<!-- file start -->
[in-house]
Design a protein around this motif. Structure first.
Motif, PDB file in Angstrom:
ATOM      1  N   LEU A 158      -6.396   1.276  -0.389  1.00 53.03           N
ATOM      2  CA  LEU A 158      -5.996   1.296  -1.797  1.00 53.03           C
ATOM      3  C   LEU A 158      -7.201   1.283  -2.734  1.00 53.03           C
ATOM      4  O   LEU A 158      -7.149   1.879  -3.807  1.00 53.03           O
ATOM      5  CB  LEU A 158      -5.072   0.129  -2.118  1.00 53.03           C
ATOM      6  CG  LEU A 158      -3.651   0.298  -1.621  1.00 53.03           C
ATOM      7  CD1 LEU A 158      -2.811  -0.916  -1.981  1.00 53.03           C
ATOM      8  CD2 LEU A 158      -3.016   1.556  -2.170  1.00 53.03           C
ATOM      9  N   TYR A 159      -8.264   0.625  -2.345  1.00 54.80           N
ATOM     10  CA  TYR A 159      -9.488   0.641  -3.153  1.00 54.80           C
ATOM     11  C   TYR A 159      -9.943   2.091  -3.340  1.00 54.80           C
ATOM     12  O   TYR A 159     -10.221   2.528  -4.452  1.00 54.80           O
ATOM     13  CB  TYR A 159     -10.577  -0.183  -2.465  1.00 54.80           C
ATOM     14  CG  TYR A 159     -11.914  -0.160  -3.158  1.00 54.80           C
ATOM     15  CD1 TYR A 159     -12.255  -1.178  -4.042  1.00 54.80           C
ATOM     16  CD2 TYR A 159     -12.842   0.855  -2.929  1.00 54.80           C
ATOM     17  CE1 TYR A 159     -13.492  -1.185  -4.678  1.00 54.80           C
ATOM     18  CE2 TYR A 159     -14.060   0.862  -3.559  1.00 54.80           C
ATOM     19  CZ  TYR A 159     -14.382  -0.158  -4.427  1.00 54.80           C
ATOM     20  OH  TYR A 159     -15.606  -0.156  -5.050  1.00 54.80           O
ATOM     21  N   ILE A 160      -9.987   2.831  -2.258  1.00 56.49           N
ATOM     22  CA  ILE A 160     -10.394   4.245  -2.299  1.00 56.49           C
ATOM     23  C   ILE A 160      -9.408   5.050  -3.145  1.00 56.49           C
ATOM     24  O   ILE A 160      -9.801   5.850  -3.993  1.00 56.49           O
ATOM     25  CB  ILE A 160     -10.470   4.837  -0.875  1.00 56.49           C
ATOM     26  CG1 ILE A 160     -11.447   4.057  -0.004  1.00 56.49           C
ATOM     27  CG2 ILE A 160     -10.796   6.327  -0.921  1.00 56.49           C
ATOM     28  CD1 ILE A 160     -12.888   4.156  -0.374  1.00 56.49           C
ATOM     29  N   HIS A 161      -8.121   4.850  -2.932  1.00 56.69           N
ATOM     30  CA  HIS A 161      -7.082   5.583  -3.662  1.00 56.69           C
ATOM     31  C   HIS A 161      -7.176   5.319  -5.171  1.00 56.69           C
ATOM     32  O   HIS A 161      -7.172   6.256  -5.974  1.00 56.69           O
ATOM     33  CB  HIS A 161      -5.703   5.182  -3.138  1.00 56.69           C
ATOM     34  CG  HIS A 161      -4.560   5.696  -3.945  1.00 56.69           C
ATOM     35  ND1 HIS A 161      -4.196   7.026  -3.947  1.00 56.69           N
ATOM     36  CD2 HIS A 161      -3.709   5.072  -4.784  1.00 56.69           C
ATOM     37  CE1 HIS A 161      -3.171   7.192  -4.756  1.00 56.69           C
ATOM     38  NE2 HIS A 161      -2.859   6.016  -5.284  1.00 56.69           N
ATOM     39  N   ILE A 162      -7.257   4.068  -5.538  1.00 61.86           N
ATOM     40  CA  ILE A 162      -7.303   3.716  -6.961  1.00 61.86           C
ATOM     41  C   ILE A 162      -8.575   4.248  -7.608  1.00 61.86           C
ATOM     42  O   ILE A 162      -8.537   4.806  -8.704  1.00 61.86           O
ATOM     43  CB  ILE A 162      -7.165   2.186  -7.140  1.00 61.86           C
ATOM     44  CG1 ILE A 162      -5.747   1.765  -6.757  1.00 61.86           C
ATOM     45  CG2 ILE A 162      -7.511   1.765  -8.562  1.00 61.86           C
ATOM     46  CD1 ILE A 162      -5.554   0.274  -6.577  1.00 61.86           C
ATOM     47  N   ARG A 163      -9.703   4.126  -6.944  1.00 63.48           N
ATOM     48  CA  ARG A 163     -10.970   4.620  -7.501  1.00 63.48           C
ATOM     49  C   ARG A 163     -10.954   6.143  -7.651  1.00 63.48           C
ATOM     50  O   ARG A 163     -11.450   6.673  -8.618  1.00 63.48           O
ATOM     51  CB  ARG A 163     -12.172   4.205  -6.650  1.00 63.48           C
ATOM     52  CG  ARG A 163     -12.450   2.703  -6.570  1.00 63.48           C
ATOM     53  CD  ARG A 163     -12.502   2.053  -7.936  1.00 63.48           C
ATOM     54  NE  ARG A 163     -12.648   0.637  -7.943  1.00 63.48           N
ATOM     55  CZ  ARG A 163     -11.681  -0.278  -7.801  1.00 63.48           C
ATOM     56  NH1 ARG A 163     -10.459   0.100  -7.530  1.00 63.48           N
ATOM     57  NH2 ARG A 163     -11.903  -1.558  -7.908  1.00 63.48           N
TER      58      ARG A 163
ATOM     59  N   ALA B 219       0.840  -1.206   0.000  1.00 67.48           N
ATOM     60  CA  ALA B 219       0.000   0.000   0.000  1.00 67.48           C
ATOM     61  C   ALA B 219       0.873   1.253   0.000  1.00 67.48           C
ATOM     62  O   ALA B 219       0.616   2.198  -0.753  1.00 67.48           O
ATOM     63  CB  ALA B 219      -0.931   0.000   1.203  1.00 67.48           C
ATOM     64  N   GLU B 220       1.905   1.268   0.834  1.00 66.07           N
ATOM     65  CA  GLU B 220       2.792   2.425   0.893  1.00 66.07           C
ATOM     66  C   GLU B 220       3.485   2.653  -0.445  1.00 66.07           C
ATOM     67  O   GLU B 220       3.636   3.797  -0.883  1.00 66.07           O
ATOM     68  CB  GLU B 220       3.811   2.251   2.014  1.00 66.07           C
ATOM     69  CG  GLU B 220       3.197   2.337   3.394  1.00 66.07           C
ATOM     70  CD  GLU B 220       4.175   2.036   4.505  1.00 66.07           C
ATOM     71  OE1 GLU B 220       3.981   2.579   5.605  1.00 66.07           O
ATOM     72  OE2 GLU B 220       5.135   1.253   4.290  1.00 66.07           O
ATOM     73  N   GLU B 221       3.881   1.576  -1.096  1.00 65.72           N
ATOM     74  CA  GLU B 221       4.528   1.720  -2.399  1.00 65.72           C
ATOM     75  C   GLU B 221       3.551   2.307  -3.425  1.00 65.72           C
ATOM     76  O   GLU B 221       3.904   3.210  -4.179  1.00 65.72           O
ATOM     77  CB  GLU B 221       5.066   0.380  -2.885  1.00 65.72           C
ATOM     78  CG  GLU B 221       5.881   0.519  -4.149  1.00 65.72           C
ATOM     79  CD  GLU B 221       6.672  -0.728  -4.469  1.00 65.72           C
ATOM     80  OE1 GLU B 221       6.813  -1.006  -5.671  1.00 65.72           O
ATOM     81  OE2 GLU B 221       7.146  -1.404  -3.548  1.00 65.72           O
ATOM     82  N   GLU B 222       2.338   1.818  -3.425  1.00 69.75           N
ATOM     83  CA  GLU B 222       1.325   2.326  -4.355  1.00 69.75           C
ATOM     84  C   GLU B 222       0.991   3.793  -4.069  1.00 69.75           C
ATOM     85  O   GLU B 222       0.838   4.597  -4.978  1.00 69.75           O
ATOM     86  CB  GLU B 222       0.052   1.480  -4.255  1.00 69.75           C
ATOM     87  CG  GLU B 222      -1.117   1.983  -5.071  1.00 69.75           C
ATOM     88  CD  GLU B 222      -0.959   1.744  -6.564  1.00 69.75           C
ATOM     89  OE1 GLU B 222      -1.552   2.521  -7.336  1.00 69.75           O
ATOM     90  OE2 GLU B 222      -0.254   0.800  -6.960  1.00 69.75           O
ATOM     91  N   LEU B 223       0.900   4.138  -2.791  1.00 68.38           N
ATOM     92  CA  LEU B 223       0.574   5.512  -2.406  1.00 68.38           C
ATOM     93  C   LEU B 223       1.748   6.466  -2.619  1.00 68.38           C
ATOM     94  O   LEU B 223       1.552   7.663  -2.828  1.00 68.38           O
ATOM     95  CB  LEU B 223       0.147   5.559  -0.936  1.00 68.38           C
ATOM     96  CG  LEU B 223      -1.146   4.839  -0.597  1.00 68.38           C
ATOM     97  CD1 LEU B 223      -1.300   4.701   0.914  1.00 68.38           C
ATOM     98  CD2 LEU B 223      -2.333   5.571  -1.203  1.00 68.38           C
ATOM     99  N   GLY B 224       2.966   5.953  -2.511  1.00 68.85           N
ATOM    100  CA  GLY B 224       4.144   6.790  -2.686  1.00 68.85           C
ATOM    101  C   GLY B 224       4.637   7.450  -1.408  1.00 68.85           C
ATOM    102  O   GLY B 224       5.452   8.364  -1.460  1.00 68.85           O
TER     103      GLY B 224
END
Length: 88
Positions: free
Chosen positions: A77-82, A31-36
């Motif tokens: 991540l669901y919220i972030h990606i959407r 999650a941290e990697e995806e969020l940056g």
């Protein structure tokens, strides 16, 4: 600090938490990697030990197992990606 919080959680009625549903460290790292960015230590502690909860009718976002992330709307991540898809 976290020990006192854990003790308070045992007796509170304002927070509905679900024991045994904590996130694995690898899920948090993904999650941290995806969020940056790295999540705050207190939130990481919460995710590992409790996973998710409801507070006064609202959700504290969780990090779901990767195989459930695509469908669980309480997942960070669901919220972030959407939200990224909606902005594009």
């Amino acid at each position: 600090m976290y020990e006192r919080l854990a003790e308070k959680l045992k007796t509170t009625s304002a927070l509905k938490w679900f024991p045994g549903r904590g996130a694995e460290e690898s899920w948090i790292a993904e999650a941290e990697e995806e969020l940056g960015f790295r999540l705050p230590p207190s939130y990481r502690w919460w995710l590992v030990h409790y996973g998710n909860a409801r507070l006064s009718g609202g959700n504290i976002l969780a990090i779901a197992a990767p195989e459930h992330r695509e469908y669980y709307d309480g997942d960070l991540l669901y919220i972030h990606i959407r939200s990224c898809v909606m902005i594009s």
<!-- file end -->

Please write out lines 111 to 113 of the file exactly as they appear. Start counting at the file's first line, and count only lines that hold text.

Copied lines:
């Motif tokens: 991540l669901y919220i972030h990606i959407r 999650a941290e990697e995806e969020l940056g």
């Protein structure tokens, strides 16, 4: 600090938490990697030990197992990606 919080959680009625549903460290790292960015230590502690909860009718976002992330709307991540898809 976290020990006192854990003790308070045992007796509170304002927070509905679900024991045994904590996130694995690898899920948090993904999650941290995806969020940056790295999540705050207190939130990481919460995710590992409790996973998710409801507070006064609202959700504290969780990090779901990767195989459930695509469908669980309480997942960070669901919220972030959407939200990224909606902005594009």
């Amino acid at each position: 600090m976290y020990e006192r919080l854990a003790e308070k959680l045992k007796t509170t009625s304002a927070l509905k938490w679900f024991p045994g549903r904590g996130a694995e460290e690898s899920w948090i790292a993904e999650a941290e990697e995806e969020l940056g960015f790295r999540l705050p230590p207190s939130y990481r502690w919460w995710l590992v030990h409790y996973g998710n909860a409801r507070l006064s009718g609202g959700n504290i976002l969780a990090i779901a197992a990767p195989e459930h992330r695509e469908y669980y709307d309480g997942d960070l991540l669901y919220i972030h990606i959407r939200s990224c898809v909606m902005i594009s």